Making it Stick
Our topic this month deals with one of the most confusing and poorly understood items that we all drag around in our tool boxes: ADHESIVES. What is the difference between glues and adhesives? Nothing—they both stick things to things—although some would say that glues are thin and adhesives are gap filling, or glues are DIY and adhesives professional.
But before we get into all the sticky stuff, I’d like to start this column with my Blade of the Month.
Diablo wins this month with a carbide tooth recip saw blade. The tiny carbide teeth, laser welded to the blade for rough use, allow this blade to cut through tough stuff including nails and hardened drywall screws without breaking teeth. Yet this is not a carbide “grinder”— it has real sharpened carbide teeth, meaning that it will cut rapidly through wood as well. Unlike bi-metal blades that work best with constant contact, this blade works best with an aggressive orbital action: new for a blade cutting fasteners. This makes for a rapid cut through all material. This Freud laser welding technology applied to Diablo reciprocating blades may be breaking new ground in demolition and renovation work.
A Sticky Situation
We all use a small variety of adhesives, ones that we are comfortable working with but there are so many different adhesives commonly available, you might discover that there is a better one for the job at hand that you didn’t even know existed. There are several critical considerations before picking an adhesive for any given job:
Structural vs. Non-structural
Adhesives that are flexible when cured are not appropriate for any structural application. Structural joints should not slip. Although we often use silicone sealant as an adhesive to hold a countertop down to the counter frame, silicone, which is a form of rubber, must never be used where slippage might be a problem. Contact Cement is not a structural adhesive. PL Premium cures rock hard and is one of many truly structural adhesives. Carpenter glues in tight-fitting joints cure hard and will not slip, and so are considered structural for chairs and the like.
Tight Fit vs. Gap Filling
Adhesives that flow a lot, like slow setting epoxies or carpenter glues, as well as ones that tend to foam a lot, like liquid polyurethanes (Gorilla Glue) will not remain strong across a gap. Non-shrinking adhesives, like PL Premium or epoxy sticks and putties, stick to both sides of the joint and carry full strength across the gap.
The Marriage Bond
Years ago, LePage had a great chart to help with gluing dissimilar materials because it rated each glue type for each material type: good - better - best. Search for “Adhesive Chart” on my website and you can still find it. With the bond of leather and glass, for example, no one type of glue is rated “Best” for both leather and glass. However, since cements are rated “Best” for leather and “Better” for glass, contact cements would be the choice for this marriage bond.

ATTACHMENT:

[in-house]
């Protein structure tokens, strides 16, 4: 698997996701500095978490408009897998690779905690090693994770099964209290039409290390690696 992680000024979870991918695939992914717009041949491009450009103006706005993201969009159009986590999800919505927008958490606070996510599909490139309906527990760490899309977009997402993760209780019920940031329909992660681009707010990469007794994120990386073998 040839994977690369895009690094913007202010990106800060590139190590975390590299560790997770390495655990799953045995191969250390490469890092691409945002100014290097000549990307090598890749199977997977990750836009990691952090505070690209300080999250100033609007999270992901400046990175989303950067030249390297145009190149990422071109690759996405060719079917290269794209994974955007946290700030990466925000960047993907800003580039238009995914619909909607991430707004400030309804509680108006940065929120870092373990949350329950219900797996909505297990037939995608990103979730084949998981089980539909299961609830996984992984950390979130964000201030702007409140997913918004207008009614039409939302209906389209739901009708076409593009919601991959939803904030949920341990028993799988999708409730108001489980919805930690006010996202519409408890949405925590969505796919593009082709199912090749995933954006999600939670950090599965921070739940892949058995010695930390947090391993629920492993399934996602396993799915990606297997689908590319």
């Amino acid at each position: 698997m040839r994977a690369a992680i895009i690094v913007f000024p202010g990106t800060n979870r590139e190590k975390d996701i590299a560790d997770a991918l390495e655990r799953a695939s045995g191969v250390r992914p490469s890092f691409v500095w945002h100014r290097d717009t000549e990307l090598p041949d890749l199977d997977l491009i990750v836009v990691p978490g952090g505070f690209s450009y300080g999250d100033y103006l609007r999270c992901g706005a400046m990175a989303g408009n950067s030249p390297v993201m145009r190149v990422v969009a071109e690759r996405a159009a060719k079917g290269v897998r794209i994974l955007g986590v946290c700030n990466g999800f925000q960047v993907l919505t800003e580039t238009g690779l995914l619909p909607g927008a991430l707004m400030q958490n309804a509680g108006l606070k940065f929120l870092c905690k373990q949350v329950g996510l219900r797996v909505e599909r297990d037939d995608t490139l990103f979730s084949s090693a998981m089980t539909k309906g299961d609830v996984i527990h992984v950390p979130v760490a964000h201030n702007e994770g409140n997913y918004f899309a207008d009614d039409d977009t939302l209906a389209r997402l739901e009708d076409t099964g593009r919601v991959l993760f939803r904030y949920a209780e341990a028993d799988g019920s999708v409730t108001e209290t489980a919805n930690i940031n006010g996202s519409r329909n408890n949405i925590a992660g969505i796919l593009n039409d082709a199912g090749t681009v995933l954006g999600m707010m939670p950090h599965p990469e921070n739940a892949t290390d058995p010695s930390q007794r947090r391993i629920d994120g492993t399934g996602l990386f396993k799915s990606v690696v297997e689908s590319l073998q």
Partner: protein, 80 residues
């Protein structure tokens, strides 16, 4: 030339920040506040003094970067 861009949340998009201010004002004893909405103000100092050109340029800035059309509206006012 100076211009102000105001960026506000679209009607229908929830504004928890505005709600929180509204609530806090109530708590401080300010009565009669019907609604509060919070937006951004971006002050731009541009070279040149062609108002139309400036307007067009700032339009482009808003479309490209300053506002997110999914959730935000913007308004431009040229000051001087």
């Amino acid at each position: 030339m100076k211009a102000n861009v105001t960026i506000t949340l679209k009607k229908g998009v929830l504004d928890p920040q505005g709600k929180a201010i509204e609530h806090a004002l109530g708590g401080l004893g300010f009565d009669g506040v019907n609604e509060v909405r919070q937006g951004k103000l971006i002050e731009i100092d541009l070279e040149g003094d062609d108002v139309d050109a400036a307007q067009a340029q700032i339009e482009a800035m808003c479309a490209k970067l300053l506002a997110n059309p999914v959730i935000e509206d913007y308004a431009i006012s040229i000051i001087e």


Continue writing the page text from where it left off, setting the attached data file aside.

Speed of Setting
The primary difference between white and yellow carpenter glues is the speed of set: they are both stronger than the wood fibres they are holding together, so relative strength is a false distinction. Therefore, you would use white carpenter glue when you need time for a complicated assembly and yellow carpenter glue when you want your clamps back as soon as possible.
Weather or Not
Most adhesives adhere best to dry surfaces, yet adhesives activated by moisture, like silicones and polyurethanes, can actually adhere better to slightly moistened surfaces. Wet surfaces dilute the adhesive and are never good. Even when using underwater adhesives, they must be “worked into” the surface, which essentially means squeezing all the water out between the adhesive and the surface. If you aqua plane, it doesn’t stick for long.
Gluer Beware: “water resistant” adhesives can be used outdoors but not in standing water. Sitting in water requires “waterproof” adhesives or “underwater” adhesives.
Outdoor use of adhesives can be limited by all the aspects of weather. Careful reading of the fine print on packaging will give you the specific information, but for a general guide I have combined your local weather report with construction weather limitations for you: go to www.CTV.ca/weather and scroll to the bottom. Check out the little window “Weather Restrictions for Home Renovations” and go to Adhesives.
We all know that a dried up bottle or tube is no good, but unfortunately we all try to still use that “thickened” tube that still flows, still sticks, but is harder to work with. The reality is that if it doesn’t flow as well onto and into the surface, even if it can cure properly, it probably has not made as good a bond with the surface as a fresh adhesive. Generally speaking, most adhesives have a one-year shelf life. This is especially true with construction adhesives in gun cartridges. When they are getting difficult to gun, the best advice is to throw them out.
Still Stuck? In our July issue, Jon will deal with some common adhesive application errors and tips. Stay tuned!
Montreal-based TV broadcaster, author, home renovation and tool expert
Jon Eakes provides a tool feature in each edition of Home BUILDER.